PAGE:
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Loss of Hearing on The Rise For All Demographics

Man on bus wearing headphones unaware he is causing hearing loss with prolonged exposure.

Hearing loss is traditionally thought to be an older person’s problem – in fact, it’s estimated that around 50% of individuals who suffer from loss of hearing are 75 or older. And despite the fact that it’s often entirely preventable, new research reveals an alarming number of young people are losing their hearing.

A study of 479 freshmen from three high schools carried out by The National Foundation for the Deaf and Hard of Hearing revealed that there were signs of hearing loss in 34% of them. Why is this occurring? Mobile devices with earbuds or headphones connected are suspected to be the most likely culprit. And older individuals are also at risk.

In Individuals Who Are Under 60, What Causes Loss of Hearing?

There’s a very simple rule concerning earbud volume for teenagers and all other people – the volume is too high if other people can hear your music. Injury to your hearing can develop when you listen to noises above 85 decibels – about the volume of a vacuum cleaner – for a prolonged time period. If the volume is turned all the way up on a standard mobile device it’s volume is around 106 decibels. Your hearing is damaged in less than 4 minutes in these conditions.

While you would think that this stuff would be common sense, the reality is kids spend in excess of two hours each day on their devices, often with their earphones or earbuds plugged in. They’re listening to music, playing games, or watching videos during this time. And if current research is correct, this time will only increase over the next few years. Studies illustrate that smartphones and other screens activate dopamine production in the brain’s of younger kids, which is exactly what addictive drugs do. It will be increasingly challenging to get kids to put down their screens, and their hearing could suffer as a result.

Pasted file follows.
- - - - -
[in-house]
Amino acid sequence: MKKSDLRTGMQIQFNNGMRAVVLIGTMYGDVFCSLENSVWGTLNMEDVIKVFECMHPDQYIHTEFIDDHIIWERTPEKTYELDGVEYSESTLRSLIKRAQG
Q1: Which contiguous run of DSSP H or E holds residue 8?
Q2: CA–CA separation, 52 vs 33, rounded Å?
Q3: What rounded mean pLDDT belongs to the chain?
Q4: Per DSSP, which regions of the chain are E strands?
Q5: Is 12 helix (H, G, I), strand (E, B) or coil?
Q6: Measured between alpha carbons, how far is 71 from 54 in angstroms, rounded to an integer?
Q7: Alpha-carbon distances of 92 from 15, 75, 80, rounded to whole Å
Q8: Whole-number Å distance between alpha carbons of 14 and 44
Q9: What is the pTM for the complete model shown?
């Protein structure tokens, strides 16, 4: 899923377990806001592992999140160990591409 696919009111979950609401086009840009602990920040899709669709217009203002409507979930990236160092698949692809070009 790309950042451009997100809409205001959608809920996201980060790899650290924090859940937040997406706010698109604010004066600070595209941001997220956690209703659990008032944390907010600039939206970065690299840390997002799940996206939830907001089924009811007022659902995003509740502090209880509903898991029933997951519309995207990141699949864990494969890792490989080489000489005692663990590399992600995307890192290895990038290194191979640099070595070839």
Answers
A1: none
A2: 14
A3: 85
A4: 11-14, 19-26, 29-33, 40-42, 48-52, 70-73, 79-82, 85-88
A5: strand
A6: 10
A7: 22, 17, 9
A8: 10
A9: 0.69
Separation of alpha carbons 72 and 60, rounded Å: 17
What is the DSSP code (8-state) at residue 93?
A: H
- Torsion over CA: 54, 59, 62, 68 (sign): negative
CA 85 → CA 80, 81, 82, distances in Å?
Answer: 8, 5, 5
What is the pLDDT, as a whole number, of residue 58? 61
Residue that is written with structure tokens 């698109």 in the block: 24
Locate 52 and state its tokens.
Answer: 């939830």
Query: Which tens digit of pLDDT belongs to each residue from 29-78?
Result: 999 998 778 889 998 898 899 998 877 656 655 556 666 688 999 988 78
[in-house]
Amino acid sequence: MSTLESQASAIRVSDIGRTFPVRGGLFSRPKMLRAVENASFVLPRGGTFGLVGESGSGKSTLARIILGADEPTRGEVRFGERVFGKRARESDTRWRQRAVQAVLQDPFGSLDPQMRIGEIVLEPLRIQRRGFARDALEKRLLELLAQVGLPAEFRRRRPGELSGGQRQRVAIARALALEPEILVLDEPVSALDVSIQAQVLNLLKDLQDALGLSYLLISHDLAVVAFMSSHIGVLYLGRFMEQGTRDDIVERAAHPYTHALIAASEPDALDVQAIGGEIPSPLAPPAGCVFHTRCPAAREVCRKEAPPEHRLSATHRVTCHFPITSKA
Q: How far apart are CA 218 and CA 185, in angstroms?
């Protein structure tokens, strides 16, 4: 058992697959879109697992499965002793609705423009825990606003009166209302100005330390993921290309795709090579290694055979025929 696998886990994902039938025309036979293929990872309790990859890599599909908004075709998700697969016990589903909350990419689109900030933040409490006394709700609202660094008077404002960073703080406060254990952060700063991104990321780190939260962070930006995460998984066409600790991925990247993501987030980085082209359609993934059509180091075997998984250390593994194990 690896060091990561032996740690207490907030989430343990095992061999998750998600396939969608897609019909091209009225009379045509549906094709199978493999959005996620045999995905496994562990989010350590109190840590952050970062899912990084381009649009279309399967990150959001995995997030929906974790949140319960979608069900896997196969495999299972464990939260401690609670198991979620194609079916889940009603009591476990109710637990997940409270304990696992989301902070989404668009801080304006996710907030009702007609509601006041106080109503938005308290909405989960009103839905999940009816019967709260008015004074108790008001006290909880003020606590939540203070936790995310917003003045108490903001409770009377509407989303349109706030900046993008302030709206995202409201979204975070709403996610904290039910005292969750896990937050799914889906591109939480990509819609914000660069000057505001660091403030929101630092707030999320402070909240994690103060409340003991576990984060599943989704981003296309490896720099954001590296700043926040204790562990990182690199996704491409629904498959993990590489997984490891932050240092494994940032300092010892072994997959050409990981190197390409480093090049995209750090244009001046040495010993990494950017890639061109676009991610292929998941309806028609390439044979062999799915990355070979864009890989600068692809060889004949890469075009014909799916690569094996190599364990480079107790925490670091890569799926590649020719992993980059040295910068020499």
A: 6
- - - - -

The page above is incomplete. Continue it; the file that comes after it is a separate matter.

How Much Are Young People in Danger of Hearing Loss?

Regardless of age, it’s obvious that hearing loss presents numerous difficulties. Younger people, however, have to deal with additional problems pertaining to after school sports, job prospects, or even academics. Loss of hearing at a young age results in problems with attention span and understanding concepts during class, which puts the student at a disadvantage. And since sports require a lot of listening to teammates and coaches calling plays, sports become far more challenging. Teenagers and young adults who are entering the workforce will have unnecessary hurdles if their hearing loss has a detrimental impact on their confidence.

Hearing loss can also result in persistent social struggles. Children whose hearing is impaired often wind up requiring therapy because they have a harder time with their friends because of loss of hearing. People who have loss of hearing can feel isolated and have depression and anxiety inevitably causing mental health problems. Treating hearing loss often must go hand-in-hand with mental health therapy, particularly during the important developmental phases experienced by kids and teenagers.

How You Can Avoid Loss of Hearing?

The first rule to adhere to is the 60/60 rule – offending devices should be at no more than 60% of their maximum volume for less than 1 hour each day. If you can hear your kids headphones, even if they are at 60%, you need to tell them to turn the volume down.

You may also want to say goodbye to the earbuds and go with the older style over-the-ear headphones. Earbuds, which are put directly in the ear, can actually produce 6 to 9 extra decibels compared to conventional headphones.

Throughout the day in general, you should do everything you can to reduce your exposure to loud sound. You can’t control everything, so try and make the time you’re listening to tunes free of headphones. If you do think you’re suffering from hearing loss, you need to see us as soon as possible.

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